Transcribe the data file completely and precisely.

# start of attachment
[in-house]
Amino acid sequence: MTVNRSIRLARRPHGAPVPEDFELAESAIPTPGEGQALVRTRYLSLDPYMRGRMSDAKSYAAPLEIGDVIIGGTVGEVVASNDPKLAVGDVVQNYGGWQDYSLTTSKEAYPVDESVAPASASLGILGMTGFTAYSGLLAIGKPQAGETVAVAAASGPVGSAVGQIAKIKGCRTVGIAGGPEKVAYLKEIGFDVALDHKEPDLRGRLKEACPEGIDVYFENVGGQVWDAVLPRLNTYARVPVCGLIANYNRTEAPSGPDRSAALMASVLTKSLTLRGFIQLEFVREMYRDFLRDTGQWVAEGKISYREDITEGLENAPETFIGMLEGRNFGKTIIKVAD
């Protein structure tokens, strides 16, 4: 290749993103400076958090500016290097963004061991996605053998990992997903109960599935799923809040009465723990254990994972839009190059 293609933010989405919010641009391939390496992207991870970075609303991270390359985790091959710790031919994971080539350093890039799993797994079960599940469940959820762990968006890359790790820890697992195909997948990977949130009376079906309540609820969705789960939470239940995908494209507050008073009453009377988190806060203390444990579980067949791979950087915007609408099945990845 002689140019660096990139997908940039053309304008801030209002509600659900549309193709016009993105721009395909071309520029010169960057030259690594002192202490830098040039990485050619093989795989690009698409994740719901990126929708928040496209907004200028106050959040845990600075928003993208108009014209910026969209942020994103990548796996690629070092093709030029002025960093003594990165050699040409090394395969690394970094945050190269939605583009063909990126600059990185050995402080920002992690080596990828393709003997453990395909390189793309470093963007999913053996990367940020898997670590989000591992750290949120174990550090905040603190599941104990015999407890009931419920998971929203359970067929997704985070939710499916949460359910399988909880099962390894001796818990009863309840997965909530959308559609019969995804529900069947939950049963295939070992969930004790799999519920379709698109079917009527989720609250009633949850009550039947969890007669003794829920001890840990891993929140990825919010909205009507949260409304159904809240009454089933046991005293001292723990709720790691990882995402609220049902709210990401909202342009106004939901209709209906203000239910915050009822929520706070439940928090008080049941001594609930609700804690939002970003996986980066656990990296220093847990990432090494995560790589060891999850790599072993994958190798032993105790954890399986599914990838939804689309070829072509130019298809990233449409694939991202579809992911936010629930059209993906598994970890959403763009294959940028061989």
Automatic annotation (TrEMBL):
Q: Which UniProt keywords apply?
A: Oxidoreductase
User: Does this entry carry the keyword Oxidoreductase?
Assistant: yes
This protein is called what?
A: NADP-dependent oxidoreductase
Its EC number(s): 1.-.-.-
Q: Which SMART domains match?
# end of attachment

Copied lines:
[in-house]
Amino acid sequence: MTVNRSIRLARRPHGAPVPEDFELAESAIPTPGEGQALVRTRYLSLDPYMRGRMSDAKSYAAPLEIGDVIIGGTVGEVVASNDPKLAVGDVVQNYGGWQDYSLTTSKEAYPVDESVAPASASLGILGMTGFTAYSGLLAIGKPQAGETVAVAAASGPVGSAVGQIAKIKGCRTVGIAGGPEKVAYLKEIGFDVALDHKEPDLRGRLKEACPEGIDVYFENVGGQVWDAVLPRLNTYARVPVCGLIANYNRTEAPSGPDRSAALMASVLTKSLTLRGFIQLEFVREMYRDFLRDTGQWVAEGKISYREDITEGLENAPETFIGMLEGRNFGKTIIKVAD
């Protein structure tokens, strides 16, 4: 290749993103400076958090500016290097963004061991996605053998990992997903109960599935799923809040009465723990254990994972839009190059 293609933010989405919010641009391939390496992207991870970075609303991270390359985790091959710790031919994971080539350093890039799993797994079960599940469940959820762990968006890359790790820890697992195909997948990977949130009376079906309540609820969705789960939470239940995908494209507050008073009453009377988190806060203390444990579980067949791979950087915007609408099945990845 002689140019660096990139997908940039053309304008801030209002509600659900549309193709016009993105721009395909071309520029010169960057030259690594002192202490830098040039990485050619093989795989690009698409994740719901990126929708928040496209907004200028106050959040845990600075928003993208108009014209910026969209942020994103990548796996690629070092093709030029002025960093003594990165050699040409090394395969690394970094945050190269939605583009063909990126600059990185050995402080920002992690080596990828393709003997453990395909390189793309470093963007999913053996990367940020898997670590989000591992750290949120174990550090905040603190599941104990015999407890009931419920998971929203359970067929997704985070939710499916949460359910399988909880099962390894001796818990009863309840997965909530959308559609019969995804529900069947939950049963295939070992969930004790799999519920379709698109079917009527989720609250009633949850009550039947969890007669003794829920001890840990891993929140990825919010909205009507949260409304159904809240009454089933046991005293001292723990709720790691990882995402609220049902709210990401909202342009106004939901209709209906203000239910915050009822929520706070439940928090008080049941001594609930609700804690939002970003996986980066656990990296220093847990990432090494995560790589060891999850790599072993994958190798032993105790954890399986599914990838939804689309070829072509130019298809990233449409694939991202579809992911936010629930059209993906598994970890959403763009294959940028061989």
Automatic annotation (TrEMBL):
Q: Which UniProt keywords apply?
A: Oxidoreductase
User: Does this entry carry the keyword Oxidoreductase?
Assistant: yes
This protein is called what?
A: NADP-dependent oxidoreductase
Its EC number(s): 1.-.-.-
Q: Which SMART domains match?